How clean is your language? I am not talking about “expletives” however several of the words I´m going to share with you are four letter words. Today, I want to suggest to you that your words have a direct link and often reflect your inner state and that every thought you have has a biological effect on your body, your well-being and the stress you feel.
The reason that these particular stress words are problematic is that there is an implied threat when we use them that stimulate our bodies to produce cortisol and adrenaline (the chemicals of stress) in order to combat the threat.
All of this was quite useful 70,000 years ago when threats were life and death situations. Way back then, they needed all those chemicals coursing through their bodies to escape or kill the saber-toothed tiger.
Now, of course, suffering from stress overload isn´t reason enough to choke your boss or run screaming from the conference room - though I've certainly been tempted a time or two.
In contemporary times, we sit in the chemicals and feel our stress level rise or ignore it because we are so used to it that it is now our normal adaptive state.
>> Quick! Do a scan of your body and see if you can become aware of any tension. Focus on your jaw first since at least 50% of the tension in your body passes through there. Then move on to your throat, your chest, your solar plexus, your stomach and all your extremities.
>> Focus, too, on your breathing because it can give you great insight into your internal levels of stress. High levels of tension are usually accompanied by holding your breath and shallow breathing.
What Are Those Stress Words I´m Here To Share?
I have to, I must, I should do or be, I need to, I ought to…
These are the culprits...along with their evil cousin “I can’t.”
Except for their evil cousin, each one has the threat implied on an unconscious level because it is not just “I have to”...
it is “I have to… or else TSTWH (“This scary thing will happen!”). In other words, if I don´t do it, the loss of something I have or something I want will be the consequence.
We use these stress words every day in conversation.
You know...that probably, kind of, sort of, mighta, indirect kind of talk that sort of goes around back trying to get in. These words are on the low end of the power differential showing lack of confidence and conviction.
Why are we not aware of all this? It is in our language, in our literature, in our news, in our teaching, in our honored speakers and heroes
... and yet, it has become invisible to our ears and eyes. The use of stress words has a tremendous impact on the unconscious mind.
But Wait, There´s More!
Ever heard of the “The Big BUT Song”? You know, that:
- I love you but…
- Yes, but…
Another buffer word is “trying”. Please understand that “trying is lying.” Period.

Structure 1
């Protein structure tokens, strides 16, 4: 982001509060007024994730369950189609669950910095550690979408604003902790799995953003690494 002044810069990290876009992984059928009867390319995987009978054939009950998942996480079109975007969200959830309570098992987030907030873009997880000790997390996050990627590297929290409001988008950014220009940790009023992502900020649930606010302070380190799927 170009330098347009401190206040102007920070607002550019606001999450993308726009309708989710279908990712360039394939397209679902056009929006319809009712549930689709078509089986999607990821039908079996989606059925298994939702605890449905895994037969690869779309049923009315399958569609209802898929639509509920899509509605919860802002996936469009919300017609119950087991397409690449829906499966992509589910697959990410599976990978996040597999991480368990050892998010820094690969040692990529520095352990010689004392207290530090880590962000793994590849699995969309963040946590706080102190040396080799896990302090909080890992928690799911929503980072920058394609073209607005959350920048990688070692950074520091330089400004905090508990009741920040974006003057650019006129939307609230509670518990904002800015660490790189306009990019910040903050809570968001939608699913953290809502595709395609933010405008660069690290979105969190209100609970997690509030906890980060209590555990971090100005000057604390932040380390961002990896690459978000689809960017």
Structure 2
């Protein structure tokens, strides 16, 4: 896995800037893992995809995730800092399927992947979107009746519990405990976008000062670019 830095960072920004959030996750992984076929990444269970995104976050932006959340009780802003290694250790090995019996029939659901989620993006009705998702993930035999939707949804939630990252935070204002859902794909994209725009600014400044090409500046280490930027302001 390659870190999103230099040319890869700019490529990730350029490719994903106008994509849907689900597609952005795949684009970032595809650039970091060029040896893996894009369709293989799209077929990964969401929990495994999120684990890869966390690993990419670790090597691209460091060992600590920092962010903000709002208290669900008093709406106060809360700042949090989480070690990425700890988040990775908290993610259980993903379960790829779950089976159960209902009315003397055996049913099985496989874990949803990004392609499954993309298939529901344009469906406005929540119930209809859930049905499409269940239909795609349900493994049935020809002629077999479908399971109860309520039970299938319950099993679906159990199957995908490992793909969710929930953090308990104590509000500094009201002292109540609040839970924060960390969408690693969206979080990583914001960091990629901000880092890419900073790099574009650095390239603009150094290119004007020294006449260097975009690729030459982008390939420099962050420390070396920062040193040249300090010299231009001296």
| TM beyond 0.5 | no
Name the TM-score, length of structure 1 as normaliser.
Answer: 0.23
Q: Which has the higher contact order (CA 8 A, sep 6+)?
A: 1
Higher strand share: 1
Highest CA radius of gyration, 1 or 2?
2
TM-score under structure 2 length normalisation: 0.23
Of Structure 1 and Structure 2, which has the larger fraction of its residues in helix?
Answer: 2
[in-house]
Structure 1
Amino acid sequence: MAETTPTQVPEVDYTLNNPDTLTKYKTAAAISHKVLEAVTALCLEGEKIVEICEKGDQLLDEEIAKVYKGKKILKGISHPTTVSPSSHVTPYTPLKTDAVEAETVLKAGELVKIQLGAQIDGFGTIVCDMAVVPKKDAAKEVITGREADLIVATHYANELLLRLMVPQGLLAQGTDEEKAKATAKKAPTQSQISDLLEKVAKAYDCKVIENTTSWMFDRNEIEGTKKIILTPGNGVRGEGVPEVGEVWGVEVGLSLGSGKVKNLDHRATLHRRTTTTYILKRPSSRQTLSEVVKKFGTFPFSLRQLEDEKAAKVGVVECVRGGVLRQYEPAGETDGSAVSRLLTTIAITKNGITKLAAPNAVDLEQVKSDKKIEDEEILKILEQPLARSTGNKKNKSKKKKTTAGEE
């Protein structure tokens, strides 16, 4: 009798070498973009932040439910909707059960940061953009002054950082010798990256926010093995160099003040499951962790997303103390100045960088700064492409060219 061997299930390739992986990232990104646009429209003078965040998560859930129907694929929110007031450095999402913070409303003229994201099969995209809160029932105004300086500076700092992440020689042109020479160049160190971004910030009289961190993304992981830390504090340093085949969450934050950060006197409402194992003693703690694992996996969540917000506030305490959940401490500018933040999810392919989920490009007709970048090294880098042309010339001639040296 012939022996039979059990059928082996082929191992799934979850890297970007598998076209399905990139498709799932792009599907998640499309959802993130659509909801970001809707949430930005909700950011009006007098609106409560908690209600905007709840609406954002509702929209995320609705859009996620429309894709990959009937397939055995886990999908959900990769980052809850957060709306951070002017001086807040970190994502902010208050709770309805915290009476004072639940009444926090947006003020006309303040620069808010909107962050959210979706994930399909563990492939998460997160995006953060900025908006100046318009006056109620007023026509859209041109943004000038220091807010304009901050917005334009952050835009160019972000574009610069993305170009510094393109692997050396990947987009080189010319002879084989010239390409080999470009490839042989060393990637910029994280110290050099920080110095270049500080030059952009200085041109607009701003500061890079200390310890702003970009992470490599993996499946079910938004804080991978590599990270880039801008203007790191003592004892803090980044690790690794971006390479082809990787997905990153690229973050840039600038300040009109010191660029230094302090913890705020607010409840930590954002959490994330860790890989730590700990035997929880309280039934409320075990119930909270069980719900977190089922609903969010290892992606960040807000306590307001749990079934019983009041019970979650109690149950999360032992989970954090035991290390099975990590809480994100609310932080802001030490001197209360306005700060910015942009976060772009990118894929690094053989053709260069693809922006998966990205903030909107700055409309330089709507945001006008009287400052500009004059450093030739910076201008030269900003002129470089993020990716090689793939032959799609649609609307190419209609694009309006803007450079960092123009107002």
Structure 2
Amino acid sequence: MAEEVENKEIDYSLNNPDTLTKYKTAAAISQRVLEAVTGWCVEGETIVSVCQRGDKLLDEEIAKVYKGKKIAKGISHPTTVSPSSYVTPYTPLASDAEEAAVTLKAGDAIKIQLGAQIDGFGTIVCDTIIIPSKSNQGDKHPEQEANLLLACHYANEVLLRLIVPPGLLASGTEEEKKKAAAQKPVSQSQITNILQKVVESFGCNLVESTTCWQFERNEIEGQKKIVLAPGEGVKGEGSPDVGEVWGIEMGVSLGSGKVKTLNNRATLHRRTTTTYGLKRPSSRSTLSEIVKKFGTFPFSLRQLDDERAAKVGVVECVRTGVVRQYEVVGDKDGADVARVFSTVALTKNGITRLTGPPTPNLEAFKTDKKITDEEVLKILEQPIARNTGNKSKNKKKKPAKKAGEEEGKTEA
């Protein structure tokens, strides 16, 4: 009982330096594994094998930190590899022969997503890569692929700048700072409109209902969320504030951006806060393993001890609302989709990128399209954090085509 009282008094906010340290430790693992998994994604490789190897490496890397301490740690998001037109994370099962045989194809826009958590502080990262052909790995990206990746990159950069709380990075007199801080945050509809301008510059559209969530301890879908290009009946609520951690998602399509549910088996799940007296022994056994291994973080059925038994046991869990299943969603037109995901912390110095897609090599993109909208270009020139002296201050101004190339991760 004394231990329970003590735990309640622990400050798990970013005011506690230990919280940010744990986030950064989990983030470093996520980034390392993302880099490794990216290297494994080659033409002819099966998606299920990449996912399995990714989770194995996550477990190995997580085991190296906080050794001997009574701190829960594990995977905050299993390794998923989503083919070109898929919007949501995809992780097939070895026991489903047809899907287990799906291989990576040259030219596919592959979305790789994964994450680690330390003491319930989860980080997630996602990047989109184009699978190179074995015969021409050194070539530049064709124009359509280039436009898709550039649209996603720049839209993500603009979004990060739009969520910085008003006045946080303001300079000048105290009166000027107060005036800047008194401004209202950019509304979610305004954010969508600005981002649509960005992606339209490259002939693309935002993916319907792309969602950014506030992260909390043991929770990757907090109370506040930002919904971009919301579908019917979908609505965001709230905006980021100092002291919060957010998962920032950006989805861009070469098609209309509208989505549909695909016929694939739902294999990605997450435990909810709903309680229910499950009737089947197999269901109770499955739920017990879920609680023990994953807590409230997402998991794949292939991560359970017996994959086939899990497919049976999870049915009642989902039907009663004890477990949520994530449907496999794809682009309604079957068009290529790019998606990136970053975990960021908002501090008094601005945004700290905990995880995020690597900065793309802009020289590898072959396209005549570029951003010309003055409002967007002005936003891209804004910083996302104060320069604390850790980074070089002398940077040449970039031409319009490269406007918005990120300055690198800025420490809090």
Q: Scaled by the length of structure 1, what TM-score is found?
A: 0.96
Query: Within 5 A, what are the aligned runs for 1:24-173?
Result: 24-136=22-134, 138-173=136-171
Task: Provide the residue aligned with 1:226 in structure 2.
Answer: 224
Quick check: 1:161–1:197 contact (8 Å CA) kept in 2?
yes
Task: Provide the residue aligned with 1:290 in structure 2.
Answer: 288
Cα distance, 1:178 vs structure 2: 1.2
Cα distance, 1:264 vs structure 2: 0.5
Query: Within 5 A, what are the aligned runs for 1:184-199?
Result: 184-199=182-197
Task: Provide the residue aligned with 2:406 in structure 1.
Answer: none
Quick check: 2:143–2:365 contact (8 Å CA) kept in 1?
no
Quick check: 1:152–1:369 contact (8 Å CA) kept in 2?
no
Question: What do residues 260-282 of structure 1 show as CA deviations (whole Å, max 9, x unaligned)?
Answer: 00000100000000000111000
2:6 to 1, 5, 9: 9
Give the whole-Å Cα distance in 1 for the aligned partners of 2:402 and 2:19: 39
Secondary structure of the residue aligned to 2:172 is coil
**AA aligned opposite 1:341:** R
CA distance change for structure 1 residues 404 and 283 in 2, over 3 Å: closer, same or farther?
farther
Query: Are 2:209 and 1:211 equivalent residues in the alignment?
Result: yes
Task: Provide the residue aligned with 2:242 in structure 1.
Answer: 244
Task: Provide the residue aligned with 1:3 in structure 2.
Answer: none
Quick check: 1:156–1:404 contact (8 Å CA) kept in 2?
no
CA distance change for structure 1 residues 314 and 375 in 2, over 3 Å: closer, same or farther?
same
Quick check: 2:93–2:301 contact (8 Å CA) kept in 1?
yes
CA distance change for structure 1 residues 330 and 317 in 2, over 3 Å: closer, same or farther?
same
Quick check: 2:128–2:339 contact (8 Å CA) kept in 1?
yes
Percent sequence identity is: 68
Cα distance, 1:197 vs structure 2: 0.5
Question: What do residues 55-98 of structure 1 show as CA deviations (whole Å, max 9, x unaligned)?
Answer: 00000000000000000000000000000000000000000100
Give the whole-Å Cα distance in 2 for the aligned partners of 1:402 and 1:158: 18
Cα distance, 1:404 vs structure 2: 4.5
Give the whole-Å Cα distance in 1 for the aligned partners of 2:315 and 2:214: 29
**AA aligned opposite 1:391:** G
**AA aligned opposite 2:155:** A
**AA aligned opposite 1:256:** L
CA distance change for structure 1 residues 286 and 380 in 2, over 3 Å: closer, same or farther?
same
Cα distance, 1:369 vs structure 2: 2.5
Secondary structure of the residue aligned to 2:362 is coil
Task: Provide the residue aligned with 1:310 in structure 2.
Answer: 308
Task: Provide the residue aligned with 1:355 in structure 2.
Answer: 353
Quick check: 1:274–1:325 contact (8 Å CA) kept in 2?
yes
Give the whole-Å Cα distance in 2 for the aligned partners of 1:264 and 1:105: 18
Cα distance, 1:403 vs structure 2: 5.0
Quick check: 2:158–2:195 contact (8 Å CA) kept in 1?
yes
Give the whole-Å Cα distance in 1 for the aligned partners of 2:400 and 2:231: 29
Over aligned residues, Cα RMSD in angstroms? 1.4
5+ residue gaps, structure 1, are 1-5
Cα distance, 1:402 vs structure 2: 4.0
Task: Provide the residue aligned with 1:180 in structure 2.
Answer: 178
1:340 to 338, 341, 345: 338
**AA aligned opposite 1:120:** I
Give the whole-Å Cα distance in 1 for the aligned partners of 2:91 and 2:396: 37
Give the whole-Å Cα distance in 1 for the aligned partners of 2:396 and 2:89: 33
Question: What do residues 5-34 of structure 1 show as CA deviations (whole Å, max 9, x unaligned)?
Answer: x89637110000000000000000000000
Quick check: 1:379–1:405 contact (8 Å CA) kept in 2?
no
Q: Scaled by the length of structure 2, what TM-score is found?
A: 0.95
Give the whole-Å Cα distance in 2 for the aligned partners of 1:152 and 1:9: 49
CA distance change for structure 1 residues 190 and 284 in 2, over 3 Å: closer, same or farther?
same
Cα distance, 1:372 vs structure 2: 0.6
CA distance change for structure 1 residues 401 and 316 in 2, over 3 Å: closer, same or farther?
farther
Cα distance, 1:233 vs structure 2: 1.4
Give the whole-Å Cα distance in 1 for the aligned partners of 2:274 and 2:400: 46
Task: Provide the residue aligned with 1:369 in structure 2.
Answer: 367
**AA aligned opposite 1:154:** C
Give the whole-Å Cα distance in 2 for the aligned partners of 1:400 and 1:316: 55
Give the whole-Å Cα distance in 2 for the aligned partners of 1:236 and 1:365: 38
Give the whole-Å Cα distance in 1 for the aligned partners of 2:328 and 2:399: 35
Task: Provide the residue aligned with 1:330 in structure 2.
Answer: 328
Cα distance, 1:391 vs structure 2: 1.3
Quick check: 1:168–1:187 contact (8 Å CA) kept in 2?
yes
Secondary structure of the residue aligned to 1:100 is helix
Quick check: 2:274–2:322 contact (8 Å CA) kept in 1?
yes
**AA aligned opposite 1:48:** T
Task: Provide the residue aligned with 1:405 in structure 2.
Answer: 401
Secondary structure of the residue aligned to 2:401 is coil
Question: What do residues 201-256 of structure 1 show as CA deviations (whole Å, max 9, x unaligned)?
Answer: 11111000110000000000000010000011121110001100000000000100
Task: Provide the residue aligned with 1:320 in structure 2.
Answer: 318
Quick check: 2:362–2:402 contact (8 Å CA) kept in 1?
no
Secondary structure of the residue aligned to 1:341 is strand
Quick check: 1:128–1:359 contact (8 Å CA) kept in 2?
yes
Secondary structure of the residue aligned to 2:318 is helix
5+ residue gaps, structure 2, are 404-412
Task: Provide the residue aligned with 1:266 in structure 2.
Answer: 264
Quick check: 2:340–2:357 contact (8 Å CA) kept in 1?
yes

“I will try to be faithful to you.” WHAT?!
When was the last time someone said to you, “I will try to get back to you this afternoon.” And actually did? It’s rare.
Sing along with me, “You “made” me love you, I didn’t want to do it, I didn’t want to do it.” A case might be made that these phrases are the basis of all Country Music.
I call it plain old victimization.
Tell me (and be honest!)...
Can someone actually make you do something?
How Words Can Shift The Way You Feel
Do this for me...say: I have to reach my goals. Now say, I want to reach my goals.
Can you feel a difference? If you´re like most people, one drags you down and the other lifts you up.
“I” messages are extremely powerful because they express your own feelings, opinions and your desire to take responsibility for your life.
What Can You Use Instead?
Here´s a practical exercise for you: try it for a day and, if it doesn´t work, I promise to refund your stress =)
Get creative and replace: I have to, I must, I should do or be, I need to, I ought to…
I want to, I choose to, I intend to, I commit to, I am willing to.
Remember reactive and creative have the same letters!
Hone Your “Clean” Language Skills
Focusing on and letting go of the stress words you use, not only helps you decrease stress and feel both empowered and energized, it also encourages others to hear what you´re saying more profoundly and easily.
Have a goal of always using clean, congruent, empowering language skills.
It will take practice. The language you use now is very automatic. Your stress words are ingrained in your way of speaking. They´ve been with you for a long time and have deep neural pathways in your brain. It can help to enlist a friend to point out to you when you use the empowering language and when you don´t.
If you´re up for it, here's an extra credit action step for you: Dive into a deeper stage of empowerment language. For example, next time you see a sick friend, instead of saying: You look horrible; say: I´ve seen you looking better.
There are always better ways to use your words if you´re open to giving it a try. Focus on empowering language. Play with it. Enjoy it. Use it.